Birding in Western Australia
In another life, I was a sometime travel writer. What follows is an article I had published in The West Australian newspaper a while ago on birding in Western Australia
In Australia, birds are everywhere. Flitting in and out of the wattle trees, hopping across your lawn, hanging out in the eucalyptus trees or stealing your beachside chips. Even the Queen couldn’t help but notice them. I heard that when she stayed in Canberra she commented on the tremendous ‘noise’ made by a nearby flock of corellas. Noisy they may be, but for us Aussies they represent the quintessential sound of the Australian bush.
Australia has over 810 species of birds, of which up to 45% are endemic (meaning that they are not found naturally anywhere else). That is more than almost any other country in the world. It is no wonder that it is a popular destination for bird watchers from overseas. South-western Australia has its share of endemic species such as Carnaby’s black-cockatoo, red-winged fairy-wren, red-eared firetail and the appropriately named noisy scrub-bird.
We have all seen a galah and a splendid fairy-wren, but have you ever noticed the shimmering green and orange of a rainbow bee-eater, the spotted head of a spotted pardalote or the iridescent blue of a sacred kingfisher? When you do, the excitement is addictive.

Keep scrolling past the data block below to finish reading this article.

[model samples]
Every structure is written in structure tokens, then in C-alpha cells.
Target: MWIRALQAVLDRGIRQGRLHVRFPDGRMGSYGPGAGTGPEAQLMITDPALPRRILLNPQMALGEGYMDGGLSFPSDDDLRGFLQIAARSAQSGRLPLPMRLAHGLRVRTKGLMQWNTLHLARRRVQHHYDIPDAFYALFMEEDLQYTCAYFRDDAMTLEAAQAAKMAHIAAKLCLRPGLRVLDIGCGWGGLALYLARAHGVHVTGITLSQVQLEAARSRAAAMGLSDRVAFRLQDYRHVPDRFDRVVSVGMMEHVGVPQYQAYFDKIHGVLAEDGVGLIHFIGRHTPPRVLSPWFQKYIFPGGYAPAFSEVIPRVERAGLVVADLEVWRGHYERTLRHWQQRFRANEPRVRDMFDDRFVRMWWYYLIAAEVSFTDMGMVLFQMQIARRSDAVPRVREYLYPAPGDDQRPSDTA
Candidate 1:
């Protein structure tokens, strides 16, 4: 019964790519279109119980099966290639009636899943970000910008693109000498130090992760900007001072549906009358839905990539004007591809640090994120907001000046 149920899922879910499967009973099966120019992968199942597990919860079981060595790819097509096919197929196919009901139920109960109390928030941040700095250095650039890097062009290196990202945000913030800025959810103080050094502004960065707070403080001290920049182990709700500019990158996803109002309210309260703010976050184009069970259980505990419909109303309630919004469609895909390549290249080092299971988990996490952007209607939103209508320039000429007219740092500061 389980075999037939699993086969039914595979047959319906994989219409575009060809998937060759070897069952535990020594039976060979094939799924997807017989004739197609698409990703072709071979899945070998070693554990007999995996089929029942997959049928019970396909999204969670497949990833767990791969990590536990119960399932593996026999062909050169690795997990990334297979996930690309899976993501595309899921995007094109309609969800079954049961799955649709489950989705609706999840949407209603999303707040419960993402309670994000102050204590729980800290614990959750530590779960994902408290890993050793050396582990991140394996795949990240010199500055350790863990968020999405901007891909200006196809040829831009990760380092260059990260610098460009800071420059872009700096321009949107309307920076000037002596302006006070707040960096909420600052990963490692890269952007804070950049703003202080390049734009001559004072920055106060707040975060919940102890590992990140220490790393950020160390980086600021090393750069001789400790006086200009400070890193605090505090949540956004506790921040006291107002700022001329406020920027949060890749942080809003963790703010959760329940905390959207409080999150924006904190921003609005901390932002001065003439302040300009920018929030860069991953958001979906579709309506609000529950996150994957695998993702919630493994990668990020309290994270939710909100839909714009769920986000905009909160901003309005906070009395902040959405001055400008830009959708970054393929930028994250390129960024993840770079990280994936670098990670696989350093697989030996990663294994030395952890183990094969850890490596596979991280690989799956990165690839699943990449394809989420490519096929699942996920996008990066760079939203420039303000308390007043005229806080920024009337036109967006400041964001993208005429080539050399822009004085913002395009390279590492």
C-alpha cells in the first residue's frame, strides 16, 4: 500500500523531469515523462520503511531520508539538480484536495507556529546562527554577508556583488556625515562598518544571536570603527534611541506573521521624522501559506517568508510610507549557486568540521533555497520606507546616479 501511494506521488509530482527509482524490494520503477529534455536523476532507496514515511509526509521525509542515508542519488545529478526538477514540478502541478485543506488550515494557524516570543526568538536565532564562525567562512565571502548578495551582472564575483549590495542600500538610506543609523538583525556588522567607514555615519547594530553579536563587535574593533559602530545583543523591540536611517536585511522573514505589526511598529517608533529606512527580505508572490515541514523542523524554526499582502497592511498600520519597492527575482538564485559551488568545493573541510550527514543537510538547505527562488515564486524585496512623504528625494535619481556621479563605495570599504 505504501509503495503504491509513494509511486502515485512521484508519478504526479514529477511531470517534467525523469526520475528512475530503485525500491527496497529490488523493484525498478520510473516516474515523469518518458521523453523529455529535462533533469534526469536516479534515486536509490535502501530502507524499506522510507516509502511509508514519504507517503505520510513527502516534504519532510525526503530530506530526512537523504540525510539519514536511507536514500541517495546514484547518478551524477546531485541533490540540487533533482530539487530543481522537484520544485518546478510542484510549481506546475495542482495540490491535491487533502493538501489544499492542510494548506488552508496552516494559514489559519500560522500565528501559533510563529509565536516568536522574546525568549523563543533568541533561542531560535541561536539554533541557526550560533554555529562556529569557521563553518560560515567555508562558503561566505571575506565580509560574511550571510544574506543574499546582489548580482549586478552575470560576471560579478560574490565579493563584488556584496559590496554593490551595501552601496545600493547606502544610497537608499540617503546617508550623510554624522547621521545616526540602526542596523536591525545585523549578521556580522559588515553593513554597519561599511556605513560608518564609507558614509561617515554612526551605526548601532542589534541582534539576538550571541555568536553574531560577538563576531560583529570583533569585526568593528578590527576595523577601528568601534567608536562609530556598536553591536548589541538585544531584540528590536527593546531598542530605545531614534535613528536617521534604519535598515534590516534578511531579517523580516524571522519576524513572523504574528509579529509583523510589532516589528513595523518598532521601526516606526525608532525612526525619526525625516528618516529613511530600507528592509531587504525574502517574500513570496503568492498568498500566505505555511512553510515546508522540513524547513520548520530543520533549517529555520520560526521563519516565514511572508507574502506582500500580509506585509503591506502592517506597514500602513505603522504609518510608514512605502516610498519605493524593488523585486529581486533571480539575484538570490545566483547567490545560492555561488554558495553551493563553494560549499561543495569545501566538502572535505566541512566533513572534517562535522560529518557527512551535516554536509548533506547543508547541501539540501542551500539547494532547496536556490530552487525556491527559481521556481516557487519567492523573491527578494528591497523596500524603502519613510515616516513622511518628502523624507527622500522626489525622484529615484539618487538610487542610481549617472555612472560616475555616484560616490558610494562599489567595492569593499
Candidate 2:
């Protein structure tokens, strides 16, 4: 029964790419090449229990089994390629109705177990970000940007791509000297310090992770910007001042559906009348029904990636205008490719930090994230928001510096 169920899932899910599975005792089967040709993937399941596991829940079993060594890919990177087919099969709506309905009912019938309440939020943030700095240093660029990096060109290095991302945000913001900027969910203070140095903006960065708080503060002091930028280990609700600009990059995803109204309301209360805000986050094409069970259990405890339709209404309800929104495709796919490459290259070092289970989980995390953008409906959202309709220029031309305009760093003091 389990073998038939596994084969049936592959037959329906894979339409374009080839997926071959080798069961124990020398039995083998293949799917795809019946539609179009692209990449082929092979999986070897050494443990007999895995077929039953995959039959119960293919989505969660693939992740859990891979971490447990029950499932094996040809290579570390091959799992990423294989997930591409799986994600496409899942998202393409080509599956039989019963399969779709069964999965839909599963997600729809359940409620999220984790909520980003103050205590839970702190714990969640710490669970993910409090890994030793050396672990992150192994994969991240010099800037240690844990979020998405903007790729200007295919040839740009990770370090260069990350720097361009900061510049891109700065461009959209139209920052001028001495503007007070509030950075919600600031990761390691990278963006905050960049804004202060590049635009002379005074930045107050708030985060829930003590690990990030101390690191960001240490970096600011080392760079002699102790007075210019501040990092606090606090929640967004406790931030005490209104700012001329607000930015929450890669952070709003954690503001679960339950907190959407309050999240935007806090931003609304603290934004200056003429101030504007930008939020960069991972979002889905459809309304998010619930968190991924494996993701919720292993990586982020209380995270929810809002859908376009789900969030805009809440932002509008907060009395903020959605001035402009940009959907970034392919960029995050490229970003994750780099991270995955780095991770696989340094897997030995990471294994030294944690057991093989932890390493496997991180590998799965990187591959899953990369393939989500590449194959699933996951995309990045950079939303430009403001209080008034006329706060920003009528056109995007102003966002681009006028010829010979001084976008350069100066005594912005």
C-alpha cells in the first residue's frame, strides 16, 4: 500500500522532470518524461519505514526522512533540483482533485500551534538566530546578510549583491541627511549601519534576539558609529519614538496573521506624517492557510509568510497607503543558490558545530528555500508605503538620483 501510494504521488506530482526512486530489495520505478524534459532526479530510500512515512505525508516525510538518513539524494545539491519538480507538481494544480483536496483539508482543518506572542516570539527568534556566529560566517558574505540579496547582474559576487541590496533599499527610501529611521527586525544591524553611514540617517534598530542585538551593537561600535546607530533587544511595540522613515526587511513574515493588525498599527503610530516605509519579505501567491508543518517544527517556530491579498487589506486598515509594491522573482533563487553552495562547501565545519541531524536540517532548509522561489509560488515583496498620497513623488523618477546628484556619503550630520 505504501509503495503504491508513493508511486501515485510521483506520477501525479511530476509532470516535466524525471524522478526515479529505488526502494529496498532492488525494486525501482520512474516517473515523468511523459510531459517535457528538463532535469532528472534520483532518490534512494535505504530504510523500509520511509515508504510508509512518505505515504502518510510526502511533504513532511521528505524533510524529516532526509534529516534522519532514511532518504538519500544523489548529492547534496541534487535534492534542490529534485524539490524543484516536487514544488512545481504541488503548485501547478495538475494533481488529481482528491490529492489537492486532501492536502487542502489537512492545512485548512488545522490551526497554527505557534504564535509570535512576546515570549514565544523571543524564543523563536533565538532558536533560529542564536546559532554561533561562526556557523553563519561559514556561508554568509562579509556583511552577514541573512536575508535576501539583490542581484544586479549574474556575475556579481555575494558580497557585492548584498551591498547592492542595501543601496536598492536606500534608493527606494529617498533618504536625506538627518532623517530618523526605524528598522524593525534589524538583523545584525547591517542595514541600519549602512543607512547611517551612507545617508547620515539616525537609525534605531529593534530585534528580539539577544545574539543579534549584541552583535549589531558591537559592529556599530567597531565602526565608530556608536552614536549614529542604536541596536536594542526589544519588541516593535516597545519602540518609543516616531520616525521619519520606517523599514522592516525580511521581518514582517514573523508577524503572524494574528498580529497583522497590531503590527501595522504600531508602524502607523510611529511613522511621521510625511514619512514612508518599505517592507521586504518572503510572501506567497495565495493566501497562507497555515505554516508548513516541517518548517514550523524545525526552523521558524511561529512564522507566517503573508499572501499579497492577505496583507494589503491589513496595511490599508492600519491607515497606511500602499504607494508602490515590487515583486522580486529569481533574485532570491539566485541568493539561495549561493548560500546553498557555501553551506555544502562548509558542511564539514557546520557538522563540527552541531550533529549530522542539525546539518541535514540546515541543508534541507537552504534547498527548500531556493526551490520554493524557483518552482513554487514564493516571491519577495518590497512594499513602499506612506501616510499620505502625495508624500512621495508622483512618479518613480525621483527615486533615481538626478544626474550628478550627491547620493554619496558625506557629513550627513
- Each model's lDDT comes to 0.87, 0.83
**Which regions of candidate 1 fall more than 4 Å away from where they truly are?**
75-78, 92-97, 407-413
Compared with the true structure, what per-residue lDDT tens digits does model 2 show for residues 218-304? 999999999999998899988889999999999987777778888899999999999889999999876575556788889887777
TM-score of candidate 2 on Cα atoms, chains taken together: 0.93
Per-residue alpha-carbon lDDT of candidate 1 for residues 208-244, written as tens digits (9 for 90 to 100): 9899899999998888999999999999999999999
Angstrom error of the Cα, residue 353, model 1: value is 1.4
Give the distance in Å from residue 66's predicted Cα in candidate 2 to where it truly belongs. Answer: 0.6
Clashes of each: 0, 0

Unsurprisingly, more and more people are turning to birding (or ‘twitching’) as a recreational pastime that greatly enriches their travels around this great State of ours. After all, in how many places in the world are the birds in the north of the state completely different to those in the south?
Once you start looking for birds, it is difficult to stop. You will see shadows in every tree and investigate every new ‘tweet’ that you hear. Birding soon becomes a passion. With such a unique and diverse range of avian delights on your doorstep, it would be a shame not to enjoy them. All you need is a watchful eye, a good bird book, some binoculars and a love of the outdoors.
There are infinite ways to ‘bird’ in WA.
In the metropolitan area we are blessed with beautiful walkways teeming with bird life. At Herdsman Lake a well-maintained track meanders along the lakeside through a paperbark forest and over swamp lands, offering a diversity of habitat and birdlife such as rufous whistlers, glossy ibis, little grassbirds, great crested grebes and nankeen night-herons. Picnic areas at parks such as Bold Park and Kings Park make it easy for a spot of twitching to become part of a family day out. Alternatively you can take a walk around Joondalup Lake. At sunset the sky is a spill of pink, purple and soft grey. Last time I was there I saw, sitting atop bare tree trunks in the lake, a swamp harrier, a troop of corellas, a white-faced heron and some swamphens. It was stunning.